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I got a bit different idea about verify email, instead of sending a mail to my client with unique message to verify against my server, I will not send him nothing but ask him to send a mail to me, then I check the sender and the unique message in the mail and verify that email.

Basically the user will click a button a new mail box will open with all the data already filled in, and what he will have to do is to press send.

My question is: First can this work? And second how safe is it in compare to the official way with all its disadvantages. I just want to know if I am not opening any new security risks.

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First I'll ask you do you know PHP ? It's done with PHP very simply. –  Sandro Vardiashvili Jan 14 '12 at 16:36
    
Are you sure that you understand my question? I need an implementation of hosting service that can read eMails. If you got an example that implements it in PHP I would more then glade to give it a look –  Ilya_Gazman Jan 14 '12 at 16:42
    
I think it's insecure and easily circumvented with Email spoofing. You could argue that it would be possible to protect yourself from that and somehow find out if the email was sent from the correct server - but in the end why is your solution easier or better than the current one? –  olli Oct 18 '14 at 0:25

4 Answers 4

up vote 1 down vote accepted

So instead of the standard "please click on this link to confirm your account" you want to offer your user to send a mail upon creation of his account ?

I don't see where your solution is any better than the original one. You'll have to receive tons of mails that you then have to analyse if the information inside is correct. That means that the work to verify an account is only done somewhere else.

original one: you send a url via mail and if its opened you activate the user. The logic can be implemented for example with a simple servlet. You could encrypt the user's database entry in the url and all that's left for the servlet is a simple db lookup.

your one: you receive identification via mail and run your logic over the mail.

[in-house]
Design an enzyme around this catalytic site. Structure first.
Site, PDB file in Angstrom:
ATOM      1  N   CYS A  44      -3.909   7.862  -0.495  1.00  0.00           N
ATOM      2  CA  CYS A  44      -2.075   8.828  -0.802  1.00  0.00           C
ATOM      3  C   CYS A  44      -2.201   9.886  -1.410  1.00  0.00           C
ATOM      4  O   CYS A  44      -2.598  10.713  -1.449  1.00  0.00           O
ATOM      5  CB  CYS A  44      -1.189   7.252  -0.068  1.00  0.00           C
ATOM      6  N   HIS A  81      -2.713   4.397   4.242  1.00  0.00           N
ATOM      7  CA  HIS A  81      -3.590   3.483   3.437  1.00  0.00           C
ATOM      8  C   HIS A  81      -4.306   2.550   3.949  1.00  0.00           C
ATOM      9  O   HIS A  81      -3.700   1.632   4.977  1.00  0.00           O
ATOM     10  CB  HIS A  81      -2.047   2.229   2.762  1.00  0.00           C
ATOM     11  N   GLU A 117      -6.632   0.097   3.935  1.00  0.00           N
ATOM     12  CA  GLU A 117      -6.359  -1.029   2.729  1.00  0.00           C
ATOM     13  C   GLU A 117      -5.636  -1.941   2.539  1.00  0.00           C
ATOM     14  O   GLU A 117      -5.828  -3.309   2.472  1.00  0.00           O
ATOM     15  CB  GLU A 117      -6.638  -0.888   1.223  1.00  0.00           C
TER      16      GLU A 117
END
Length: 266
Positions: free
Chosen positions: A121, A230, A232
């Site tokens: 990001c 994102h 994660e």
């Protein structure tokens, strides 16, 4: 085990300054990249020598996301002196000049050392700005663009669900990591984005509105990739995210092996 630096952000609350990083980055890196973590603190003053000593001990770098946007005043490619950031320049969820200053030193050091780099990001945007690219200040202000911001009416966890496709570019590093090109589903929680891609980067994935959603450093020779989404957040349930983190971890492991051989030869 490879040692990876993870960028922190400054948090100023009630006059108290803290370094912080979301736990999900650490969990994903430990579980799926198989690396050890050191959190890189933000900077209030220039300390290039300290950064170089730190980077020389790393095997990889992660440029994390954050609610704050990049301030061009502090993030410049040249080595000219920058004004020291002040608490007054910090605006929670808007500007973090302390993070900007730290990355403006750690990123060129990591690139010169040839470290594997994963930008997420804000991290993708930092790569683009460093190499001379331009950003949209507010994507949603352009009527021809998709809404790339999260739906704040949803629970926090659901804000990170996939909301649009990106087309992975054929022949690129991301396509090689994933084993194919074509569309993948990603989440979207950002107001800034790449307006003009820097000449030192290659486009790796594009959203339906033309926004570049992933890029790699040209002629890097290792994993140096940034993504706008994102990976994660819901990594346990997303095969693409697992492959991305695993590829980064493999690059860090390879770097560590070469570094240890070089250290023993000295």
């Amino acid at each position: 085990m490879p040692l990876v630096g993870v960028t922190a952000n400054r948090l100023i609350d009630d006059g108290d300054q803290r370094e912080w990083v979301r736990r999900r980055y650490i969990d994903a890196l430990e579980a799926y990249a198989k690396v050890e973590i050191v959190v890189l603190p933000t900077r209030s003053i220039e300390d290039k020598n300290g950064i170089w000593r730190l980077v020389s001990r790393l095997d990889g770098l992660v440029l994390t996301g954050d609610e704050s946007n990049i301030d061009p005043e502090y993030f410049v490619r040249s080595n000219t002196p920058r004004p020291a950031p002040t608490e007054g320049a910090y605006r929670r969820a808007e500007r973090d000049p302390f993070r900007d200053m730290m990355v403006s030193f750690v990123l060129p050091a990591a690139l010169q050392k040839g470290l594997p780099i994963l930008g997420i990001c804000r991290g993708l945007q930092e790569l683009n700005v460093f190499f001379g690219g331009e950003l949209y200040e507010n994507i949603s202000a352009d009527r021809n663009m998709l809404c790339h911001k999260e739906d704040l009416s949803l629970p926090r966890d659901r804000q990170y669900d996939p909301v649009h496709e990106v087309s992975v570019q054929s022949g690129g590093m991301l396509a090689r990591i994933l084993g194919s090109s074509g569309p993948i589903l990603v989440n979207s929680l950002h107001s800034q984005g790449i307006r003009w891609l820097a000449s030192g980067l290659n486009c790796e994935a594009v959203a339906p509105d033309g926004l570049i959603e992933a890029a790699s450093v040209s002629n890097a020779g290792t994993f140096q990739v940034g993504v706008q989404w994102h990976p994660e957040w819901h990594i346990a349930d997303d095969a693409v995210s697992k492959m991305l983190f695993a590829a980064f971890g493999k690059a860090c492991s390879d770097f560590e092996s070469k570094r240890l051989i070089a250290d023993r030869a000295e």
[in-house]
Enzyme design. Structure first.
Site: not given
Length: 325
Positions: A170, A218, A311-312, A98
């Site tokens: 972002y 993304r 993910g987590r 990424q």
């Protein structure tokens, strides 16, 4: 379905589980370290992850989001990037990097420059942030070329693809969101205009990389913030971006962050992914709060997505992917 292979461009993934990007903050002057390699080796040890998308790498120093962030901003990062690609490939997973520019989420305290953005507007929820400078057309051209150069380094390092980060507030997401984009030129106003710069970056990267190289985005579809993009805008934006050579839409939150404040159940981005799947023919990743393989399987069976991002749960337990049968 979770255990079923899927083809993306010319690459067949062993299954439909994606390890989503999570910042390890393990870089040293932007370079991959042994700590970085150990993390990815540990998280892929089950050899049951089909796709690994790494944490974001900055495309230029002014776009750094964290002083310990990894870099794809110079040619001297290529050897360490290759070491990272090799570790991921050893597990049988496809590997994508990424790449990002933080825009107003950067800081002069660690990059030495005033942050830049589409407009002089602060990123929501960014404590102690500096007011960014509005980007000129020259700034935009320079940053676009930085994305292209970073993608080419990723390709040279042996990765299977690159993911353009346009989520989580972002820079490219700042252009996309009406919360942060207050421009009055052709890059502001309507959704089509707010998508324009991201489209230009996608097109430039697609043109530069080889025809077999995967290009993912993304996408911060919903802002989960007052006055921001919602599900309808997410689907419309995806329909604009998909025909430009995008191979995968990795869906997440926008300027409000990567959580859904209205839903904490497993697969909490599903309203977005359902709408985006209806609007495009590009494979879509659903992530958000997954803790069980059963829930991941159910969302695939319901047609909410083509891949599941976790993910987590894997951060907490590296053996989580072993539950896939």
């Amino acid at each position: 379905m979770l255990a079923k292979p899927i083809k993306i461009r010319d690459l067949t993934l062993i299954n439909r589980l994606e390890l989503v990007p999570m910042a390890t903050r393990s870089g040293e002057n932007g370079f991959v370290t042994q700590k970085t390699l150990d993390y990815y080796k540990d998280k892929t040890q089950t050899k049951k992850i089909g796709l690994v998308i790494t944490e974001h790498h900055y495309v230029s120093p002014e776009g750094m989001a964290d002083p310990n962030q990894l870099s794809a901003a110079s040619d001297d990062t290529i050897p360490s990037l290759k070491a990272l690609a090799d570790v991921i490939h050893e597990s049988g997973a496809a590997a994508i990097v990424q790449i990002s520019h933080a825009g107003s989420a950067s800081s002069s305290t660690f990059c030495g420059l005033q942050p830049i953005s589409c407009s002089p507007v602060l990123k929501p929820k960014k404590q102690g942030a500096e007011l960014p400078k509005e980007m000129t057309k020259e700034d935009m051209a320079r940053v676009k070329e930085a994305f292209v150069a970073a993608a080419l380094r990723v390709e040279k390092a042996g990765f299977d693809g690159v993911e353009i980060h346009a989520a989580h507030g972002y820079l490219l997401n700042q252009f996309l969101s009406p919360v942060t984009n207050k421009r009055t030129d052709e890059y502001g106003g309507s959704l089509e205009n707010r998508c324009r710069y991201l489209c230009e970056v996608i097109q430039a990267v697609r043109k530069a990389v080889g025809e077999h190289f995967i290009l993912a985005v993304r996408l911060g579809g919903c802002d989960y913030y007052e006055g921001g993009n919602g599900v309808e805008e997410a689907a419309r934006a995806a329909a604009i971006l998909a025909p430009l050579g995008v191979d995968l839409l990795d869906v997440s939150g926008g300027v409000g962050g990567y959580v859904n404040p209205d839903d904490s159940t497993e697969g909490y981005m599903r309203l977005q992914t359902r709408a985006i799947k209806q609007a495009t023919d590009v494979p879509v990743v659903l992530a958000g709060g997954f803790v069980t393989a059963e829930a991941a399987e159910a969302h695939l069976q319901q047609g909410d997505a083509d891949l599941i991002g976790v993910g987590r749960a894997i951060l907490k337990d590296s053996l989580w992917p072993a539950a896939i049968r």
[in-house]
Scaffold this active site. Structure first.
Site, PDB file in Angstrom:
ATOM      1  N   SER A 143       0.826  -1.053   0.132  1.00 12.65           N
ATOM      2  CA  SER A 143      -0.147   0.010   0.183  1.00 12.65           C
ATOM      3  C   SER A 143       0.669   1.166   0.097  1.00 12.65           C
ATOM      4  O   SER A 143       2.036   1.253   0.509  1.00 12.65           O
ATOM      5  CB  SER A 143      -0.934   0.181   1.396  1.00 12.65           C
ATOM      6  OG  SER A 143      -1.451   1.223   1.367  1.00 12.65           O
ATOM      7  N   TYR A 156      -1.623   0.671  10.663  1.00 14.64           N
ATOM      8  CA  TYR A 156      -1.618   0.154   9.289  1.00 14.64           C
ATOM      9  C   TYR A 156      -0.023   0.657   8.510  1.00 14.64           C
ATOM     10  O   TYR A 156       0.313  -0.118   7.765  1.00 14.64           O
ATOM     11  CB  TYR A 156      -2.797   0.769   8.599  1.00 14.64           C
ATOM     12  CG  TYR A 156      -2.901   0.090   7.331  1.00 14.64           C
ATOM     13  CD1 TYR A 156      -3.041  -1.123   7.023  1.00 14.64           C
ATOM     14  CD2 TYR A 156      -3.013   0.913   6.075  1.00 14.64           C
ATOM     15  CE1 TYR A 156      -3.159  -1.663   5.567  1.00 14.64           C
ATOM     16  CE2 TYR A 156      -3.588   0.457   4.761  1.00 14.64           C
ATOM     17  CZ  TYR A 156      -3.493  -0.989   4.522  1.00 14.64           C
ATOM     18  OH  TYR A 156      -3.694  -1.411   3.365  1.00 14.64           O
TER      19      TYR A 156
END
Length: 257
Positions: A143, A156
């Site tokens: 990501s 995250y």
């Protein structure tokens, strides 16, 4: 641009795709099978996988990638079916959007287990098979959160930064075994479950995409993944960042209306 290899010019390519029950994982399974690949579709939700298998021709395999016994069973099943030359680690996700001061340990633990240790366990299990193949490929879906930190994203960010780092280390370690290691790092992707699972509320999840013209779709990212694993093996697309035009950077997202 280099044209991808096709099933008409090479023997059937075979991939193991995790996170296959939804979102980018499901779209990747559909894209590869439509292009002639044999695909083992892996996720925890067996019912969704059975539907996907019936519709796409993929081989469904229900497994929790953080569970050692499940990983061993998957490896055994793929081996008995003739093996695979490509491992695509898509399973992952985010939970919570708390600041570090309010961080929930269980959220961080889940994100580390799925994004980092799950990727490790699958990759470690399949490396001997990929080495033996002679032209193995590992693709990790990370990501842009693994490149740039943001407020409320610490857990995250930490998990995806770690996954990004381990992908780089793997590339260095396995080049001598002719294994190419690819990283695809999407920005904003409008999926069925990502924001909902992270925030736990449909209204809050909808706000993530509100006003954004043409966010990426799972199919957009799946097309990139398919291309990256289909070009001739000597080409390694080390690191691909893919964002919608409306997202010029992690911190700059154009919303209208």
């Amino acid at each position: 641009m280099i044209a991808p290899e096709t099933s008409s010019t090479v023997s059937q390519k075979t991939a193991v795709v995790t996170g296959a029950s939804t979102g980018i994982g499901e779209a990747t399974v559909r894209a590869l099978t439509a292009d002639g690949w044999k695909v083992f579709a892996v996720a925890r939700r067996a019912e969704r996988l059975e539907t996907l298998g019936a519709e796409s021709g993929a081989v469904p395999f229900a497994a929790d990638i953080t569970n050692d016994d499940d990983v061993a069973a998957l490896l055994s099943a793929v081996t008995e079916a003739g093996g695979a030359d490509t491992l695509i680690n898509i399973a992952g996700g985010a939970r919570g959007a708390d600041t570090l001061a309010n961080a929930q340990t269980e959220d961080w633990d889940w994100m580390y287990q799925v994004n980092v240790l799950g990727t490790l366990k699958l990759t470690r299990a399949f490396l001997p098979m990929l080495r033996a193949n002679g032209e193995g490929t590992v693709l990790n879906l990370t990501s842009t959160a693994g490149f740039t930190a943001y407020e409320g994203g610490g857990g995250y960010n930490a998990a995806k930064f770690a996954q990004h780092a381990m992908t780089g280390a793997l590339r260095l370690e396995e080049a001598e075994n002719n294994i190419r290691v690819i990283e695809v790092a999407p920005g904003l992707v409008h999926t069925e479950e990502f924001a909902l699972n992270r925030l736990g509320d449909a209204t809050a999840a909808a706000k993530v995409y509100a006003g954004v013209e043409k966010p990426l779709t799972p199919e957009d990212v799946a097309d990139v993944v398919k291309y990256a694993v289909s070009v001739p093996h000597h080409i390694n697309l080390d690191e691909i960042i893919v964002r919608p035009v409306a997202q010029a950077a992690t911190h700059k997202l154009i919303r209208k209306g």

However one possible problem is that it's feasible to modify the address a mail was sent from. You could never be sure that there really is a mailaccount behind the mail that was sent to you. Another even more dangerous flaw is that malicious users could spam the mail account you're using. In the original solution any incoming mails can be discarded but you have to store and process them.

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My solution is better simply because sending mails cost money and reading is not... But you do got a point. My mail indeed can be spam with malicious users. How ever I can think about a solution for this. Maybe I will create temporary mail for each user request an close it after first mail received or by timeout. –  Ilya_Gazman Jan 14 '12 at 17:01

Well, I see a little usability problem here and another security problem. Let's talk about both in order:

  • The classic way of email verification is done especially to validate a user's email address. In others words, to verify that the address the user filled in is his/her real email address. If you want to verify the same thing, you have to 'make your user' to send you an email from his/her real email address. So, you could use an 'email' link type and fill in all you need, but what if the user is at an Internet club or at a public computer. There will be no settings for him. Or what if he wants to send you the mail later? What then? This is a usability problem. Another problem is, that you put users to effectively write a mail (even if you fill in the information) which is a kind of extra step.

  • The security problem. What if a user registers and between registration and email confirmation someone else sends in a mail?

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I will create a database with mailKey and email address, and I ask my users to send me the mailKey. Once I got the key I pull out the mail stored in my db, and compare it to the sender mail, if I got a match I will flag this mail as verified! –  Ilya_Gazman Jan 14 '12 at 16:50
    
Let's just presume there is a person who want's to harm your future user. He can get that unique key by intercepting the webpage (if not https), or checking user's browser cache, etc. Once you send something over the Internet unencrypted and show it in a browser, it can be a security issue. If you site will not do ultra secret stuff, it may not be a big problem, but it is an extra and unnecessary risk. That's all. You, can, of course, from a technical point of view do it (not with the php mail() function from some answers). I see no reason why the classic way would be any harder to accomplish. –  Patkos Csaba Jan 14 '12 at 17:00

You will have to use mailto: link to start default email application on user's computer because if you will send email from your website you will not know sender address. But what if user does not have email application installed? For example user uses webmail like Gmail? That would not work in this case.

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I'll post you a code:

$username = $_POST['username']; //This is your clients username
$id = $_POST['id']; // This is your client's id
$email = $_POST['email']; // Your user's email.

$yemail = ""; //Here type an email where you want user to send you a notification.

and then use PHP Mail() function and that's it.

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